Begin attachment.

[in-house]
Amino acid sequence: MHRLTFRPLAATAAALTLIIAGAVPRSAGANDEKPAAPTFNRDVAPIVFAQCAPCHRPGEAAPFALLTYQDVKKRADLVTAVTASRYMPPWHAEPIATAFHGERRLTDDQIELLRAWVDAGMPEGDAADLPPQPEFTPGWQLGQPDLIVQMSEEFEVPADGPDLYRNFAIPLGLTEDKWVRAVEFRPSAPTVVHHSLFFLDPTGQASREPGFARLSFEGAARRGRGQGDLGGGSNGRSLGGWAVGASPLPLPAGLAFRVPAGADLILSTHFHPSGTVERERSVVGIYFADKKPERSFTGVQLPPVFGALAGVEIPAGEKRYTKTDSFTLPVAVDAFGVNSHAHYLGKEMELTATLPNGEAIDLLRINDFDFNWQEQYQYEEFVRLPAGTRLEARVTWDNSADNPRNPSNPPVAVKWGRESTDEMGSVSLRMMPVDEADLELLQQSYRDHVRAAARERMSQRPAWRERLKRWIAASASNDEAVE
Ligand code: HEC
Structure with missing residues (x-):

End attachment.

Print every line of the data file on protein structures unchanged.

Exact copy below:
[in-house]
Amino acid sequence: MHRLTFRPLAATAAALTLIIAGAVPRSAGANDEKPAAPTFNRDVAPIVFAQCAPCHRPGEAAPFALLTYQDVKKRADLVTAVTASRYMPPWHAEPIATAFHGERRLTDDQIELLRAWVDAGMPEGDAADLPPQPEFTPGWQLGQPDLIVQMSEEFEVPADGPDLYRNFAIPLGLTEDKWVRAVEFRPSAPTVVHHSLFFLDPTGQASREPGFARLSFEGAARRGRGQGDLGGGSNGRSLGGWAVGASPLPLPAGLAFRVPAGADLILSTHFHPSGTVERERSVVGIYFADKKPERSFTGVQLPPVFGALAGVEIPAGEKRYTKTDSFTLPVAVDAFGVNSHAHYLGKEMELTATLPNGEAIDLLRINDFDFNWQEQYQYEEFVRLPAGTRLEARVTWDNSADNPRNPSNPPVAVKWGRESTDEMGSVSLRMMPVDEADLELLQQSYRDHVRAAARERMSQRPAWRERLKRWIAASASNDEAVE
Ligand code: HEC
Structure with missing residues (x-):